Pills Are a Joke – Original Fiction Story

This past year, I wrote a fictional story for a class. I won’t spoil it and tell you what it’s about but I do want to put a disclaimer here: This story involves sensitive topics such as suicide, drug and alcohol abuse, and dark humor. Thank you for reading.


“Goodbye, cruel world,” Clay Lamber said as he stood at the edge of the stool on his feeble tippy toes with the sheets around his neck. “Jesus, that’s too cliché,” he thought, but he didn’t prepare an extravagant last soliloquy for his non-existent audience on why he felt the world wronged him. The chipped wooden stool was uneven since one of the legs was shorter than the other three, making it wobble whenever he shifted his weight. Clay sighed in annoyance at his famous – no, pathetic last words – and became unsteady. He tried to grab onto the navy-blue bed sheets hanging from the ceiling post while feeling the sheets around his neck tighten.

The stool’s shortest leg clapped down on the concrete floor and Clay’s body began to lean backward. At that moment, he lost all his balance and desperately groped the air for something to hang onto. The stool slipped from under his feet completely and slammed on the ground, leaving Clay’s body to wildly dangle from the ceiling. He let out a yelp that turned into a sharp, dry gargle as his makeshift noose violently pinched around his pale neck. He dangled for a moment, feeling his breath cut off. Clay heard a tearing sound but couldn’t tell if it was the sheets or his neck crunching from the pressure. Suddenly, Clay’s body collapsed on the ground as if he were a ragdoll and some child forcefully threw him on the floor. A short tail of sheets fell on top of him. He looked up at the sheets that were still tied to the ceiling post with disappointment. “What a shame,” he said to himself sarcastically.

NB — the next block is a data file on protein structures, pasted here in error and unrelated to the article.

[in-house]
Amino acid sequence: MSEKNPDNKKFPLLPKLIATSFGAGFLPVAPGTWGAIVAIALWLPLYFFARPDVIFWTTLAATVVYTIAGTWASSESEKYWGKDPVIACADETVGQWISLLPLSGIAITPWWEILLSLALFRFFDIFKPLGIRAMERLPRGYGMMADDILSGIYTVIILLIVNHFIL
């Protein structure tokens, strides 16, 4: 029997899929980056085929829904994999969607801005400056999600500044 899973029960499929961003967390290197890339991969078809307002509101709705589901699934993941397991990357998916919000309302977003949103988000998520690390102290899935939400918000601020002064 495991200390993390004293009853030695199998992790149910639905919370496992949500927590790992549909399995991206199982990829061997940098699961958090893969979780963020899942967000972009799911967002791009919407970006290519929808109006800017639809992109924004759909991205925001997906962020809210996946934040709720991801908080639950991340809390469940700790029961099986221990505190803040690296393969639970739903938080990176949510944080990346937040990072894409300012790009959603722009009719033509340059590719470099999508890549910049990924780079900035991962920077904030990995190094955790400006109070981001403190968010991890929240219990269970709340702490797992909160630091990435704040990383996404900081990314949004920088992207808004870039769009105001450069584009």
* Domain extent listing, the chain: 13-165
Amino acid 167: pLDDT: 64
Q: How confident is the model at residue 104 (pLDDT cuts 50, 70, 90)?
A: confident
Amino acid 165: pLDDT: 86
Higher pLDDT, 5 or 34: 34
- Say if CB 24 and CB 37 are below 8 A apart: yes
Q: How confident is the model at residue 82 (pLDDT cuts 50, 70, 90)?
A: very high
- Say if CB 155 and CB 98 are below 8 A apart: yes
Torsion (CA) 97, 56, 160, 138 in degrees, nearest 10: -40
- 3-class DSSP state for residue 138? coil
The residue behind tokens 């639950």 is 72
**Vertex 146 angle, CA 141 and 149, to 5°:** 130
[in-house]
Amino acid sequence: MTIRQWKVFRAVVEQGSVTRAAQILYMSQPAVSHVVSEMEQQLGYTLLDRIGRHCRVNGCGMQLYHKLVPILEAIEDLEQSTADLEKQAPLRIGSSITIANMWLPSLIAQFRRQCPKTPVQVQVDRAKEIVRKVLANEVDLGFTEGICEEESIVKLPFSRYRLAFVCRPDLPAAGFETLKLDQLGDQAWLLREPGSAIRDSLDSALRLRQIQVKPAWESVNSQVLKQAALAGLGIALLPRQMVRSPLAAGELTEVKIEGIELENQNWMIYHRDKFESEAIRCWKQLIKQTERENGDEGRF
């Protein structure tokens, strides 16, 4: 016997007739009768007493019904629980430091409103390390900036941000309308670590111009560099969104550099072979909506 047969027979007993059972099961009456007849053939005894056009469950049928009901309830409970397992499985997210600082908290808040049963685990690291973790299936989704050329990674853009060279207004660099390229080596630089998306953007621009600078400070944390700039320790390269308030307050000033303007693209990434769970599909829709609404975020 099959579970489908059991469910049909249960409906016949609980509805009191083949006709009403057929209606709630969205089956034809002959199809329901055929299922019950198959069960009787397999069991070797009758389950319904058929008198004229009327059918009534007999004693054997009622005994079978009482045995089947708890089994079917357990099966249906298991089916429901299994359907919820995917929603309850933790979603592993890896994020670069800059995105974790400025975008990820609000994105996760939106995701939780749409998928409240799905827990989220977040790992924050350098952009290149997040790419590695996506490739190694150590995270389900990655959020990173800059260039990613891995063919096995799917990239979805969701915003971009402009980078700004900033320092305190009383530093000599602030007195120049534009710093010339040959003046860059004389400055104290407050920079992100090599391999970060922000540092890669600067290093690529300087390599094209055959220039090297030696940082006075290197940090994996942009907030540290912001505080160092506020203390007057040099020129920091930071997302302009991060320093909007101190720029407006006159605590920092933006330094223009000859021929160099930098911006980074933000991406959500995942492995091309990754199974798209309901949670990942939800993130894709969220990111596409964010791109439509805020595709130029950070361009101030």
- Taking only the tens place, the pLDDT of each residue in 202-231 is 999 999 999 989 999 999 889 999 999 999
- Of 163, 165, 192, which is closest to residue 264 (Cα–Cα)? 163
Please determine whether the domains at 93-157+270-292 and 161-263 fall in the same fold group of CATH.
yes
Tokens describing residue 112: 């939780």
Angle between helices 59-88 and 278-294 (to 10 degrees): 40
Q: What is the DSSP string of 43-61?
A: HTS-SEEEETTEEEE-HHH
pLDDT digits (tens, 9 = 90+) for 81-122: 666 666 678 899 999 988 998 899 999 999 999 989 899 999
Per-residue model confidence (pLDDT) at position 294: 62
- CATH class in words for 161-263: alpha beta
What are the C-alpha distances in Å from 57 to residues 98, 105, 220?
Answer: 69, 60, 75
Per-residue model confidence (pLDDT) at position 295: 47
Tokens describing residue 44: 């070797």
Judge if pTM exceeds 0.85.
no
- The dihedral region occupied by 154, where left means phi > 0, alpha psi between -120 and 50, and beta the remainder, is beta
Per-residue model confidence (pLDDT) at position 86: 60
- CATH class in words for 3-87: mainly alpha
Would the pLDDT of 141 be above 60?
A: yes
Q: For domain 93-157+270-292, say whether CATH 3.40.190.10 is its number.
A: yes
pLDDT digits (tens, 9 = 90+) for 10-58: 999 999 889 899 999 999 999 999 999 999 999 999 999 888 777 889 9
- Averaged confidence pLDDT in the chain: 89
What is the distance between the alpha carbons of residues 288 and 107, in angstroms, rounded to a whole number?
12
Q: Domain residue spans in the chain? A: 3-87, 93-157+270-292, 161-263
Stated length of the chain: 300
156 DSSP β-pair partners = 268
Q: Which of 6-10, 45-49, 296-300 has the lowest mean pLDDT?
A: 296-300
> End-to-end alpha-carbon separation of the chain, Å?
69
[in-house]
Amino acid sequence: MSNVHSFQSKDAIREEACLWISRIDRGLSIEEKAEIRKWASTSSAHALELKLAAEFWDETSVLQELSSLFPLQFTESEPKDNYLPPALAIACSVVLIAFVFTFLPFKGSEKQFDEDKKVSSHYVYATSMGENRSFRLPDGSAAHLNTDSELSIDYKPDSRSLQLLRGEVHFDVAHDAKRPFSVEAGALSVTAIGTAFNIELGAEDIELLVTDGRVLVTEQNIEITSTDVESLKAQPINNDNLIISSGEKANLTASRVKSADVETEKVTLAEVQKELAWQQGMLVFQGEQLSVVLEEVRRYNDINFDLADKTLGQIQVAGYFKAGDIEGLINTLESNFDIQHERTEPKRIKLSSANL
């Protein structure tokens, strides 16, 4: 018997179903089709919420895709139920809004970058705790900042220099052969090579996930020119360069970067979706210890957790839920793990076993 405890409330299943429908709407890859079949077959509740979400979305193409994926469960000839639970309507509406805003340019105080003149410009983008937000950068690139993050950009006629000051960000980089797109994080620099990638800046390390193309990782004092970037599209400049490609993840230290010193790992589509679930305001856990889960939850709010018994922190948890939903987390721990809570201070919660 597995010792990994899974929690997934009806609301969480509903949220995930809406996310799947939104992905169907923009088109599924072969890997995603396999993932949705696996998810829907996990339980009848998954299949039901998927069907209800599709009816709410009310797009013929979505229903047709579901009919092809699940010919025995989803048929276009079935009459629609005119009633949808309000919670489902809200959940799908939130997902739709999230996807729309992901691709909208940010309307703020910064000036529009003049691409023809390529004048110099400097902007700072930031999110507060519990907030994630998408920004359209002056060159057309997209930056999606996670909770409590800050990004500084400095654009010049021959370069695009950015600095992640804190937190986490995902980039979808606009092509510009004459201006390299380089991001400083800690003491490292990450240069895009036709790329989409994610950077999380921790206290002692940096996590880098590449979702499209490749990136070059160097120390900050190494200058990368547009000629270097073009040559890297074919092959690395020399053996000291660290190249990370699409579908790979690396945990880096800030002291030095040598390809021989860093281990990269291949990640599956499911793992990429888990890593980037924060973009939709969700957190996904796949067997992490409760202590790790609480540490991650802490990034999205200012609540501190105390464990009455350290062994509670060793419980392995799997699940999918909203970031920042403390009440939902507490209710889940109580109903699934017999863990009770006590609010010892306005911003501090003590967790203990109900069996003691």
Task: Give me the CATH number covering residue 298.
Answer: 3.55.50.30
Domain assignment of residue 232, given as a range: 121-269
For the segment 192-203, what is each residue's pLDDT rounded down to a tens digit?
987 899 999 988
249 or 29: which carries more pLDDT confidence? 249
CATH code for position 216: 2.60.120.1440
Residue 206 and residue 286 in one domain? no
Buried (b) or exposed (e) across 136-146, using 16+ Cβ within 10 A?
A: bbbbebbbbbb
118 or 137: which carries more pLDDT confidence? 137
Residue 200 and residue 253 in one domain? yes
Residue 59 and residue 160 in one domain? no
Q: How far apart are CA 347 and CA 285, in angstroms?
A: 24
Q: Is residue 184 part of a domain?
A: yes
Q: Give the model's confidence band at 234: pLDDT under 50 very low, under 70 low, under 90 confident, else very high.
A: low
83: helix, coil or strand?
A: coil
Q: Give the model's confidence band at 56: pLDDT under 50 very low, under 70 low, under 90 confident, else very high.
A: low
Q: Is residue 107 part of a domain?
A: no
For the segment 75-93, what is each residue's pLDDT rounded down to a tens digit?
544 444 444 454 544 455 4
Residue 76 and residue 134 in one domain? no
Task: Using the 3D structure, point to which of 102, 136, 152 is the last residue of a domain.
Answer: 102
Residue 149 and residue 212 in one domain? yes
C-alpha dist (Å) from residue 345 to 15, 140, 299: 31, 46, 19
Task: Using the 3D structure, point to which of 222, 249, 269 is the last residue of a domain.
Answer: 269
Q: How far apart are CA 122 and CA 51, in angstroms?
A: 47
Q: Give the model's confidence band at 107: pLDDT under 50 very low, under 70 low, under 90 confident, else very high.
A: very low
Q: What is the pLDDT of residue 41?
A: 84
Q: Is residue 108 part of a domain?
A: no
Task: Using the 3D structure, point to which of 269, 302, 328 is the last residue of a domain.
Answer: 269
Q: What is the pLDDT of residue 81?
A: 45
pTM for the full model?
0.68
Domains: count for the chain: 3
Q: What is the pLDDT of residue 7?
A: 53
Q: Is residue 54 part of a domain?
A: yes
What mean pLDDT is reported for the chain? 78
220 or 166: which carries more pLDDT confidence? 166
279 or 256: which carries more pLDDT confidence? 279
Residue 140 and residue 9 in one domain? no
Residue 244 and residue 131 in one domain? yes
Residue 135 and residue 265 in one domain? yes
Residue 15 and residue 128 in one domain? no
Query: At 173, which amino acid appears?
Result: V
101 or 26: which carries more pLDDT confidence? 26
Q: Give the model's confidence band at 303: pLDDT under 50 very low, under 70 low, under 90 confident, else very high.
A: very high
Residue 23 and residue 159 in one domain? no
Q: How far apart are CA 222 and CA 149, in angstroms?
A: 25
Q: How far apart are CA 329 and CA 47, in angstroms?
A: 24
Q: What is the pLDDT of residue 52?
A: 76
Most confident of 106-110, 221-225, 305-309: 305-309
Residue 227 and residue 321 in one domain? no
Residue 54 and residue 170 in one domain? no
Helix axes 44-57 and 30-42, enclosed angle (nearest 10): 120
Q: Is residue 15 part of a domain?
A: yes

Clay took a moment to examine his knees, pulling up his baggy pant leg and exposing a nice heart-shaped bruise on his tender skin. He felt that this was God’s way of saying don’t kill yourself there’s so much to live for I love you.

“Oh, the irony,” he thought. Clay stood up, grabbed the knot of sheets around his neck, and began to loosen it like a tie. He yanked the cloth necklace off his head and rubbed his neck, searching for any bruising or cuts. He had a feeling that attempting something like this in the room above where he worked was an idiotic idea.

Clay had been a psychiatrist for nearly three years, but he came to believe that he was just as diseased as his patients, if not worse. He knew it wasn’t just the seasonal depression of the Seattle area, he’d been sick for as long as he could remember, but it didn’t use to be so serious. It seems contradicting for a mental person to be a therapist, but Clay was curious about his condition and thought, if he knew how to handle it, he could help others like him to control it too. Every morning, he took his pills and the regular symptoms would subside, at least until he went home. It didn’t affect his concentration or daily life much and he felt that those pills were his last remedy for feeling “normal” again.

Recently though, he’d stopped taking his medication because, even though it made his symptoms less distracting, it also made him feel extremely drowsy. It resembled the kind of drowsy you get after drinking too much alcohol in one night. During one of his appointments, it was so severe that his patient (who was a serious alcoholic) thought he came into work drunk. No one could think with a groggy mind let alone any sort of migraine feeling. He knew of the consequences that would come from avoiding his medication, but he felt life would be a little more bearable that way – apparently not.